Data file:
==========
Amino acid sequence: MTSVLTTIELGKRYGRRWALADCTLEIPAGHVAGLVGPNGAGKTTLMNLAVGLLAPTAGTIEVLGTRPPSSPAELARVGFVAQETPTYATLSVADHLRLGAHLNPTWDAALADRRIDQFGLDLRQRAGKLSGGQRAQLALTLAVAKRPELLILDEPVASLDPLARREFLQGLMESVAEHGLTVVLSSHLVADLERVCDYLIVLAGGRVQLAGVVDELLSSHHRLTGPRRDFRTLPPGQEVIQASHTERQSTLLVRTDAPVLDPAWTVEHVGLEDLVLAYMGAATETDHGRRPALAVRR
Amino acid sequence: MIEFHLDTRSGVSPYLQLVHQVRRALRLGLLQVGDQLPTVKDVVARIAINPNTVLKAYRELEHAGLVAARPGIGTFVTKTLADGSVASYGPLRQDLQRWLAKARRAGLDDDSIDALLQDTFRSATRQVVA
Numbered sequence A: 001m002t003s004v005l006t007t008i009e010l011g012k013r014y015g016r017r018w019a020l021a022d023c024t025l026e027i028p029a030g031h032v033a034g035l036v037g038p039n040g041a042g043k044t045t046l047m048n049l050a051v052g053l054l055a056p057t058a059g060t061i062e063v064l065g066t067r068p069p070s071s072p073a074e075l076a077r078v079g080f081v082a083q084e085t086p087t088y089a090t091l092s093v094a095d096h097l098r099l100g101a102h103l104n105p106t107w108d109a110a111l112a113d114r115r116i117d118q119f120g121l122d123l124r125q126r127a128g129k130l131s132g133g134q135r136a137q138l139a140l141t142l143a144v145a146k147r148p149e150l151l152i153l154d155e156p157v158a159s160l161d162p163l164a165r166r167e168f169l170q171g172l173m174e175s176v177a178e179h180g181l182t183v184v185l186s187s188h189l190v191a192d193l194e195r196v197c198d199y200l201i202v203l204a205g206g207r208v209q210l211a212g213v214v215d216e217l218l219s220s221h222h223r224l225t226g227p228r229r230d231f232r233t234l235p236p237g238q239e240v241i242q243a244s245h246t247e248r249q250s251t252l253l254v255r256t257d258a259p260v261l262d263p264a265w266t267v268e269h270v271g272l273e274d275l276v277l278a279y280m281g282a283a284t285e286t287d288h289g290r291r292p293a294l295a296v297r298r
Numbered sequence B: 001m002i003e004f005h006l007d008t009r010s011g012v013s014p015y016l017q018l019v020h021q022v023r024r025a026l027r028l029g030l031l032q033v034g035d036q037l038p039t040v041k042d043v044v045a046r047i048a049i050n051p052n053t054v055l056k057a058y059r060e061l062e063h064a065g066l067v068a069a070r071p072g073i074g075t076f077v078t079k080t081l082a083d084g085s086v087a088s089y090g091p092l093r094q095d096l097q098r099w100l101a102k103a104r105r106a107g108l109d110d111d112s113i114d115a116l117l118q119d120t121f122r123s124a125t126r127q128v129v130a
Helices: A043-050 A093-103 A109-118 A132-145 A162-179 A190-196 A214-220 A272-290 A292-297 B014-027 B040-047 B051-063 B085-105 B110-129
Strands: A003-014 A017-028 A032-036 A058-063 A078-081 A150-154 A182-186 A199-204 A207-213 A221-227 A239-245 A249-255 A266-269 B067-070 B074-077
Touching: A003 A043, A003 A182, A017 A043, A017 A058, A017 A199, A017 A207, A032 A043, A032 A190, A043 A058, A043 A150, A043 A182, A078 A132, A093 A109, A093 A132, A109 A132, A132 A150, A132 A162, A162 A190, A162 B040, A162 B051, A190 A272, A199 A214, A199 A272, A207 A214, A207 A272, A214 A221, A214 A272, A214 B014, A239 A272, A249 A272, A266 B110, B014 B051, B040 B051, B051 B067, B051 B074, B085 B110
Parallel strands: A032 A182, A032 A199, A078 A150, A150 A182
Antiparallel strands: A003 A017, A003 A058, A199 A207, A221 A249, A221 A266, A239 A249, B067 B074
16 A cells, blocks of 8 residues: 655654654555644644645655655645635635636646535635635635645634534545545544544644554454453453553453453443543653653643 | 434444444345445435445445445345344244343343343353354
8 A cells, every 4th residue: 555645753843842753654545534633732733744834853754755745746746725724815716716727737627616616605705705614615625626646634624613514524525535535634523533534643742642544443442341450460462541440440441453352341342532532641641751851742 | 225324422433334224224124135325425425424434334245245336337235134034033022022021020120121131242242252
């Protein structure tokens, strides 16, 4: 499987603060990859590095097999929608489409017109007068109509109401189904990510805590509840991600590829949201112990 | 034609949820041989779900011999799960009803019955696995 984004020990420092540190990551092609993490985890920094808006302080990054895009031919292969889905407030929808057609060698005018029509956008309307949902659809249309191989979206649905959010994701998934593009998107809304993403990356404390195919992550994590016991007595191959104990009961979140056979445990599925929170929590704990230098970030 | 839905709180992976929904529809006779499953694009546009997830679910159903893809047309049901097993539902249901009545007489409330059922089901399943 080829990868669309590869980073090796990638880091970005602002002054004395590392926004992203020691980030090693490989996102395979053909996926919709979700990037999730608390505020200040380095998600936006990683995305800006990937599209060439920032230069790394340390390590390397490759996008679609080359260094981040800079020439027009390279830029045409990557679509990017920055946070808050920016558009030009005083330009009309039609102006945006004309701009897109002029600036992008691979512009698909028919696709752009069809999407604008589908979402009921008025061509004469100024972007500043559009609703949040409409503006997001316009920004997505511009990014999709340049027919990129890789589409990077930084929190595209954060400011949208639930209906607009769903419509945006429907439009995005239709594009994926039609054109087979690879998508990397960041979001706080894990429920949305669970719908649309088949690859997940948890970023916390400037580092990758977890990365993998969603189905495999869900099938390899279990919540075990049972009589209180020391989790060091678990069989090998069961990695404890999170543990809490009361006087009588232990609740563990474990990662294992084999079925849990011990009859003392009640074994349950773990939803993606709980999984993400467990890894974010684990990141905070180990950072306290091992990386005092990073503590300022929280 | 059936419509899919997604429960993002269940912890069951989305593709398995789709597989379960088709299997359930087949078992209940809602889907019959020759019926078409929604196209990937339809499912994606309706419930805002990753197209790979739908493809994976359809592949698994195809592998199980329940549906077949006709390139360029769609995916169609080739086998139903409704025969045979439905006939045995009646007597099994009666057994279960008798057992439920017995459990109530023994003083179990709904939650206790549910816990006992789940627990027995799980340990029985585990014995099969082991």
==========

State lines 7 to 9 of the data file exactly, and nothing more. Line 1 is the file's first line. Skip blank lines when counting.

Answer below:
Touching: A003 A043, A003 A182, A017 A043, A017 A058, A017 A199, A017 A207, A032 A043, A032 A190, A043 A058, A043 A150, A043 A182, A078 A132, A093 A109, A093 A132, A109 A132, A132 A150, A132 A162, A162 A190, A162 B040, A162 B051, A190 A272, A199 A214, A199 A272, A207 A214, A207 A272, A214 A221, A214 A272, A214 B014, A239 A272, A249 A272, A266 B110, B014 B051, B040 B051, B051 B067, B051 B074, B085 B110
Parallel strands: A032 A182, A032 A199, A078 A150, A150 A182
Antiparallel strands: A003 A017, A003 A058, A199 A207, A221 A249, A221 A266, A239 A249, B067 B074